If anyone needs proof that the presidential race between Donald Trump and Hillary Clinton truly is dividing the country, they should look to Texas.
According to poll results from Public Policy Polling released Tuesday, three out of five Texans who support Donald Trump said they would support seceding from America if Hillary Clinton becomes president.
Data from the left-leaning polling firm shows that Trump leads Clinton by a margin of 50 percent to 44 percent in Texas. This is far from the landslide win for Mitt Romney in the 2012 election. Four years ago, Romney beat President Barack Obama 57.2 percent to 41.4 percent.
According to the polling results from PPP, only one out of four Texans support seceding from America generally. But when faced with the possibility of a President Hillary Clinton, a majority of Trump supporters said they’d rather leave.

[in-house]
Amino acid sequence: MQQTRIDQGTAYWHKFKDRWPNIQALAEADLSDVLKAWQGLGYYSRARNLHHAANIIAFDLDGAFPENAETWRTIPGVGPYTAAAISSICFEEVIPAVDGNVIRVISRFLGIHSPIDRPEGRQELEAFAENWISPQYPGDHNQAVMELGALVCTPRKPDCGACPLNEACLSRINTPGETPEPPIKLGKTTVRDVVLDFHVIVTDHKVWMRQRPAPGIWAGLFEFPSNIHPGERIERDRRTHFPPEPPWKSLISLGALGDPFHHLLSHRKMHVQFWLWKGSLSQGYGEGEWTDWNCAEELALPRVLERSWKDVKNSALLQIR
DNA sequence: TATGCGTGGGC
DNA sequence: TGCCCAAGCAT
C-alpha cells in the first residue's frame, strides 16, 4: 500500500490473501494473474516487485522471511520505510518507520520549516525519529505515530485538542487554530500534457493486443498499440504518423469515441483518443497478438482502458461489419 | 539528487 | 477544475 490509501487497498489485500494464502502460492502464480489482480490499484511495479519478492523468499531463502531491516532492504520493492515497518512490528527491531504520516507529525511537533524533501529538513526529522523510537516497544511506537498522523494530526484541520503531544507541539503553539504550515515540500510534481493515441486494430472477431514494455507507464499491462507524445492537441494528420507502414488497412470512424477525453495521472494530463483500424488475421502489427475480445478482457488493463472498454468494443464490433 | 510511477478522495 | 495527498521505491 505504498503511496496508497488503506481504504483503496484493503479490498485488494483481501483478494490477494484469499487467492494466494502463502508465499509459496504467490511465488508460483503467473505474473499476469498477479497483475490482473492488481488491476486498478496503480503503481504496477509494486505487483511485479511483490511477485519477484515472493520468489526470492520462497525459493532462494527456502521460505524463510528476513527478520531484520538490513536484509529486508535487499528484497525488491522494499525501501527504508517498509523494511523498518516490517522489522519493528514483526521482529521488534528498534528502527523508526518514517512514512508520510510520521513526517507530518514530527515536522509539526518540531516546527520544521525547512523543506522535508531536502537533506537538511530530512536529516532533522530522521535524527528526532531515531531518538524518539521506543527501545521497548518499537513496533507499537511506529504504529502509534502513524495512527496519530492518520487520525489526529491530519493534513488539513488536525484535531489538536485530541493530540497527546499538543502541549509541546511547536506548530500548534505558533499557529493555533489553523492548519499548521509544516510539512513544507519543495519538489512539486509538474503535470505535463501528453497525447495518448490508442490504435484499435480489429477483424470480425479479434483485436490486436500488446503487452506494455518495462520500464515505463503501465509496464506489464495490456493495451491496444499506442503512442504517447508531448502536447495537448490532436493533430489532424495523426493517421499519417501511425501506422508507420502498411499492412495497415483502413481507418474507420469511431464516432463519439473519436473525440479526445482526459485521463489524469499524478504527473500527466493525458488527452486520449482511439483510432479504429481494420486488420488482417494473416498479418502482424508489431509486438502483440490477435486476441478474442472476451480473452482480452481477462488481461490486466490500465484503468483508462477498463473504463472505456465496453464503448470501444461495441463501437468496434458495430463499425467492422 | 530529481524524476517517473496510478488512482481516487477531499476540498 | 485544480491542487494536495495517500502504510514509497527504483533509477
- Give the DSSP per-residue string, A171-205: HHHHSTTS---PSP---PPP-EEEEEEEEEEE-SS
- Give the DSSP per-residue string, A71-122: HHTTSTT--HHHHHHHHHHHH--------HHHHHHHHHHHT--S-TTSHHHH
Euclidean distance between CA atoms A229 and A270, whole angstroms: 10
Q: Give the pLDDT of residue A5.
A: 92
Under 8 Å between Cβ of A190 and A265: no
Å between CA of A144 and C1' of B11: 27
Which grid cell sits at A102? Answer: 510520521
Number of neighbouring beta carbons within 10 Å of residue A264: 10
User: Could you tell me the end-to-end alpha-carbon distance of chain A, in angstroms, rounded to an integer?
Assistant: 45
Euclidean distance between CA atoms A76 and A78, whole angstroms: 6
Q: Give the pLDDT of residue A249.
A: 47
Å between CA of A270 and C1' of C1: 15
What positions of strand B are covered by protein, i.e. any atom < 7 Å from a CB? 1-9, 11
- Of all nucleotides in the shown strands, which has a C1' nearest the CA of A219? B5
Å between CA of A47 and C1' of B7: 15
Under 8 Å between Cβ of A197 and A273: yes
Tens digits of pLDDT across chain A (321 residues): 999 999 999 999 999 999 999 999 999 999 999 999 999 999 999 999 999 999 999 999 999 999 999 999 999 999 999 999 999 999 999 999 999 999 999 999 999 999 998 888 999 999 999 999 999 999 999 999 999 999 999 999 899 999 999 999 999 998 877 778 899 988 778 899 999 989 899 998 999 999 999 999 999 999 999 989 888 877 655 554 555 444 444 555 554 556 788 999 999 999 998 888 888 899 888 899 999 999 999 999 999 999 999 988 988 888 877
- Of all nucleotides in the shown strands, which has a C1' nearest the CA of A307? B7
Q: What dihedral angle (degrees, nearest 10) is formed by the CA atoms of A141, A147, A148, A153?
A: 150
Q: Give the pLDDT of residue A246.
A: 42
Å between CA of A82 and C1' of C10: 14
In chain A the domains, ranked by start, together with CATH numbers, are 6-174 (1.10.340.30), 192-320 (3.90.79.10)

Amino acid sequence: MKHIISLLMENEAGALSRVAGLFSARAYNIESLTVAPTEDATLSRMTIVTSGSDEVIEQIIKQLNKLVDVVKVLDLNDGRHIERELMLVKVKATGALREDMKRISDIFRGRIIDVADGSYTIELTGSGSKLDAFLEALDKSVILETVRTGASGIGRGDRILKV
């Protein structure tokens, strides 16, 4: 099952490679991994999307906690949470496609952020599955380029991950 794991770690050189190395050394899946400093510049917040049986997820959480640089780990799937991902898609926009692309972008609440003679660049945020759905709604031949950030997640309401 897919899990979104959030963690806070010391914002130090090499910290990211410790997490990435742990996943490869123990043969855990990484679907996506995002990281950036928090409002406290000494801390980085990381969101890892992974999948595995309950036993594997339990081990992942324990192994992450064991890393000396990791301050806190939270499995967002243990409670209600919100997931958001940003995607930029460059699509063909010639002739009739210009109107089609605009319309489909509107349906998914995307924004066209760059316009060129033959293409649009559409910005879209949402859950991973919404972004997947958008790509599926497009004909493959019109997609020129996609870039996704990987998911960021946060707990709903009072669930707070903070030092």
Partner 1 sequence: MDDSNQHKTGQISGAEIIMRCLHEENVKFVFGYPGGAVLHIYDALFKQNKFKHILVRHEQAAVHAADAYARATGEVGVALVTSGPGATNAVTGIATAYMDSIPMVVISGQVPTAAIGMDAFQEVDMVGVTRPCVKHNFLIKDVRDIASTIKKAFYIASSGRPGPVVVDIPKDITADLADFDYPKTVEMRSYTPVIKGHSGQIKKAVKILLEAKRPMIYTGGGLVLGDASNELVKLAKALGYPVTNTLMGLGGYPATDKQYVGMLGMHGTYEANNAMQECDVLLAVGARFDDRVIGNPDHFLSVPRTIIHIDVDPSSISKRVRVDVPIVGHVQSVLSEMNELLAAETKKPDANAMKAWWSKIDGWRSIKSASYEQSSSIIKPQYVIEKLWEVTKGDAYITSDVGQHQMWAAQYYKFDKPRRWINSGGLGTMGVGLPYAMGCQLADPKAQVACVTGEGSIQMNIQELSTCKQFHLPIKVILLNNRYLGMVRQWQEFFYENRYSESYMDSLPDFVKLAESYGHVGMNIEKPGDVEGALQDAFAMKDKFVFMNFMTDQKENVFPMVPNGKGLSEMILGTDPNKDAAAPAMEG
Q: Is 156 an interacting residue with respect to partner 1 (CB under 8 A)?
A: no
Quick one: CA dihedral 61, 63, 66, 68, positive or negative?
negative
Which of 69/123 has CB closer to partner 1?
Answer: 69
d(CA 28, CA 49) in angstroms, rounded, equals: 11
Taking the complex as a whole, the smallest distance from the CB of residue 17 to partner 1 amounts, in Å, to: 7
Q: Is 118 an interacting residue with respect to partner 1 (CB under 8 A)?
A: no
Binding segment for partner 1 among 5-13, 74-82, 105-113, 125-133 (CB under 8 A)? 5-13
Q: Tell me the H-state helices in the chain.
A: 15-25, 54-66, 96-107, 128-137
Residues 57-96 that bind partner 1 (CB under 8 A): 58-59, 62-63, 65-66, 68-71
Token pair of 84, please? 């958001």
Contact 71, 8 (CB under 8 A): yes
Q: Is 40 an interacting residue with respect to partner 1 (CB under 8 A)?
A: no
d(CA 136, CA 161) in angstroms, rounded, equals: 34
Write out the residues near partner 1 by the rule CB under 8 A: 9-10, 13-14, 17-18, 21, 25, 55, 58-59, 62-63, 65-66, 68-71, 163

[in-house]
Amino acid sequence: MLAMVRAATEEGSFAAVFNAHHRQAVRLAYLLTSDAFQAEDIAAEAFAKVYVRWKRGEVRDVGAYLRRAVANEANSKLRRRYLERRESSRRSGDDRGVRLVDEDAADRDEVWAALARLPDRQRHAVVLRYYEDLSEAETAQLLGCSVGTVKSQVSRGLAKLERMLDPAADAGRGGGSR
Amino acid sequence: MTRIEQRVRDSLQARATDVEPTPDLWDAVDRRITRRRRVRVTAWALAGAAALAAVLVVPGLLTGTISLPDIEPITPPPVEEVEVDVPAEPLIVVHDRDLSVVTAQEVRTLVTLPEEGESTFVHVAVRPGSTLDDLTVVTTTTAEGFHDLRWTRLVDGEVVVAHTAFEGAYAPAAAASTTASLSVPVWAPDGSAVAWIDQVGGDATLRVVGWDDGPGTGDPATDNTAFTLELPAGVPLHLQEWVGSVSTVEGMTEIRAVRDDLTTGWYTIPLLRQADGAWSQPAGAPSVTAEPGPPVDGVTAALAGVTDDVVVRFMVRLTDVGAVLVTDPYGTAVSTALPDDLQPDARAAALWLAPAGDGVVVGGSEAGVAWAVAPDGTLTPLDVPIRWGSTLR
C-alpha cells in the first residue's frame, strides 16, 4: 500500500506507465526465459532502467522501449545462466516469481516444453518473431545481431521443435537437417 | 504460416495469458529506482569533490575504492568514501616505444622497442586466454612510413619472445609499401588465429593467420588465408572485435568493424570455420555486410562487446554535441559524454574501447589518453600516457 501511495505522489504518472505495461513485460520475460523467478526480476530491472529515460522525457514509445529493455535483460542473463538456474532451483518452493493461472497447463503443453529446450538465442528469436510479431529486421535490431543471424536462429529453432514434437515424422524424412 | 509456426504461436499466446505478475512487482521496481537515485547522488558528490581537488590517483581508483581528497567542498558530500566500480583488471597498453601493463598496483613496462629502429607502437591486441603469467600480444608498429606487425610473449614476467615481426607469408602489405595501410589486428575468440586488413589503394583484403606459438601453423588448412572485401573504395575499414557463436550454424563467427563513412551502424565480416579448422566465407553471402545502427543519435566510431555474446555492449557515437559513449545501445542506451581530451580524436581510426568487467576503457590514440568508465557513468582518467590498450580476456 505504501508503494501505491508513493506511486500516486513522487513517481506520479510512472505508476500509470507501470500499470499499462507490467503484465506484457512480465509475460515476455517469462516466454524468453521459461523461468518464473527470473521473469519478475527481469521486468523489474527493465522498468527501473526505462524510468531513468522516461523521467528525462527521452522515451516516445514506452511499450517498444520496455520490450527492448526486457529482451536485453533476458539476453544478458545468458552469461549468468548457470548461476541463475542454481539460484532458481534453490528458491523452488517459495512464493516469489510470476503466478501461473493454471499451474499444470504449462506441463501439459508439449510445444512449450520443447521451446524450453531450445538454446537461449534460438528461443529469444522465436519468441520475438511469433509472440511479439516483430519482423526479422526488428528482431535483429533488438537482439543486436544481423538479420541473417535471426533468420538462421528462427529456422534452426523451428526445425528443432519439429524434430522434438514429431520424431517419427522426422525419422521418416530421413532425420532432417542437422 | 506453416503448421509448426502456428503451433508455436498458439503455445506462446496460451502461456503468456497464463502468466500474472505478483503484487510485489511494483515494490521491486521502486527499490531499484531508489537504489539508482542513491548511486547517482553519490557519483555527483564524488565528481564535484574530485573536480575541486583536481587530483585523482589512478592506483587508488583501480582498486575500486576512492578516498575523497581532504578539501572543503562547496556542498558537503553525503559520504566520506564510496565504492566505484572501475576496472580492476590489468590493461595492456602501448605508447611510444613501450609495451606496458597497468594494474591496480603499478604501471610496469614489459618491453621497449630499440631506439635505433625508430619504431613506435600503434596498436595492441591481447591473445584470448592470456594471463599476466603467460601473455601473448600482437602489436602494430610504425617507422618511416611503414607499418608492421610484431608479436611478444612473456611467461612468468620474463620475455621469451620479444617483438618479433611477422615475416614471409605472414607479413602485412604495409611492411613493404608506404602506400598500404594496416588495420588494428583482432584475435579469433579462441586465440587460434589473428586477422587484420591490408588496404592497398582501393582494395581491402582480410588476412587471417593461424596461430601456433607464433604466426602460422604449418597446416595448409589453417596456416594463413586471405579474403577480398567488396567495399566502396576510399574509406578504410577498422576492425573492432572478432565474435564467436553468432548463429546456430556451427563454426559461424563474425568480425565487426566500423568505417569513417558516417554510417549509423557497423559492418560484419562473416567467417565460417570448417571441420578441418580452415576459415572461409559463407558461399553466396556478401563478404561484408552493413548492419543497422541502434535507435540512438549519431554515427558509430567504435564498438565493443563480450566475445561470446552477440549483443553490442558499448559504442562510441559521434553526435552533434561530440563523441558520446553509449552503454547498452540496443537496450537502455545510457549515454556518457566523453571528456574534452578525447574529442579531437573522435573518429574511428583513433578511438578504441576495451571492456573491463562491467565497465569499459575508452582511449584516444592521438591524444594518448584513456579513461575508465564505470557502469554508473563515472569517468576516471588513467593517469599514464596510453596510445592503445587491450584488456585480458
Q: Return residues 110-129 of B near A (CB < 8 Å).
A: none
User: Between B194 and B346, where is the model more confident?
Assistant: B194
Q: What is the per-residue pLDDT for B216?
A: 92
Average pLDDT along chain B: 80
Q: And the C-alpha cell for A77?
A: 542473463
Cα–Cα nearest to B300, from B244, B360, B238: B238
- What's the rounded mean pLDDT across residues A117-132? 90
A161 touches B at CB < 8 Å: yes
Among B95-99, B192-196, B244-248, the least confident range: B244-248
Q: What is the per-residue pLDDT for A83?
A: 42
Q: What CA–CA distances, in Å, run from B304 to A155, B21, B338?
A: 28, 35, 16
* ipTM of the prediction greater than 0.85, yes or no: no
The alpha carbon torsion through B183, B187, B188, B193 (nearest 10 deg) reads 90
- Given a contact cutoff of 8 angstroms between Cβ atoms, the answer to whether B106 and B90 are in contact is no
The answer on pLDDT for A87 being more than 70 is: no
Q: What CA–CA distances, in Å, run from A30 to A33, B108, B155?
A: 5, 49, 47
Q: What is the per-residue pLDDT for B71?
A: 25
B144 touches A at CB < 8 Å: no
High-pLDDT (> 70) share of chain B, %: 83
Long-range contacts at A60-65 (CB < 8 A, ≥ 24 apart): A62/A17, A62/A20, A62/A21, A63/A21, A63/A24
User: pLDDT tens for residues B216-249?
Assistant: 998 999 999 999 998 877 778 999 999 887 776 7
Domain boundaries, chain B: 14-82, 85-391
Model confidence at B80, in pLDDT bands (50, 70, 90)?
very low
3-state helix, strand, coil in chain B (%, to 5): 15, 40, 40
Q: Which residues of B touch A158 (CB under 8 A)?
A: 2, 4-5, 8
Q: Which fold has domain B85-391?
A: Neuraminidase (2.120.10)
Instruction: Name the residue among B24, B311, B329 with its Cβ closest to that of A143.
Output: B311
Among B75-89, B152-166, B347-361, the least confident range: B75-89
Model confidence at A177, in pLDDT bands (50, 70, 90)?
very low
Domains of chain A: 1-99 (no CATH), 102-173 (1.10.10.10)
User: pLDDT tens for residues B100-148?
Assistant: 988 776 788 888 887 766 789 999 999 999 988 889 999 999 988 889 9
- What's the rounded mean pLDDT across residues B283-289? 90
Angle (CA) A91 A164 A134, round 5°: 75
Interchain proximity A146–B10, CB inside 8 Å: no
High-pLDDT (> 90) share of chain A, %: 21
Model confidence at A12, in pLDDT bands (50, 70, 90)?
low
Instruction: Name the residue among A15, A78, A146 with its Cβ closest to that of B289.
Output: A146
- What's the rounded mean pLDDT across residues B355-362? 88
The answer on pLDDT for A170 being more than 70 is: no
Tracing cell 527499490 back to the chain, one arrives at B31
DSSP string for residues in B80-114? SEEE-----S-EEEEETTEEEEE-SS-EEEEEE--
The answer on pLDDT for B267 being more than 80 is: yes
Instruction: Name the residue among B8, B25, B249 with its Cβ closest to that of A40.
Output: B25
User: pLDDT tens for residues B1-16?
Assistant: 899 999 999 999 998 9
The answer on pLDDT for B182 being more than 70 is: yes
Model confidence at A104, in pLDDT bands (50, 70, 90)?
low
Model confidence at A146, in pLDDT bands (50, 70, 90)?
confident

PPP is known for asking offbeat and sometimes humorous questions. In December, the firm discovered 30 percent – about one out of three – Republican primary voters supported bombing Agrabah, the fictional Arabian city from the Disney film Aladdin. The survey didn’t ask if people knew Agrabah doesn’t actually exist.
PPP found Texans overall have an unfavorable opinion of both candidates (59 percent for Clinton and 53 percent for Trump).
When independents “candidates” Deez Nuts and Harambe (a gorilla at the Cincinnati Zoo who was put down after grabbing a child) were included, Trump came out on top at 47 percent. Clinton got 38 percent while Deez Nuts got 3 percent and Harambe got 2 percent.
As for President Obama, 54 percent of Texans polled said they disapprove of his job performance. In 2012, 51 percent of the Texans polled said they voted for Mitt Romney, compared to the 38 percent who voted for Obama (11 percent said they don’t remember who they voted for).
Other interesting results from the survey include 30 percent of Texans identifying as moderate, compared to 13 percent identifying as somewhat liberal and 29 percent as somewhat conservative. A small number said they were very liberal (9 percent) or very conservative (19 percent).
While most Texans identify as Republican (41 percent), 24 percent say they are independent while the remaining 35 percent identify as Democrat.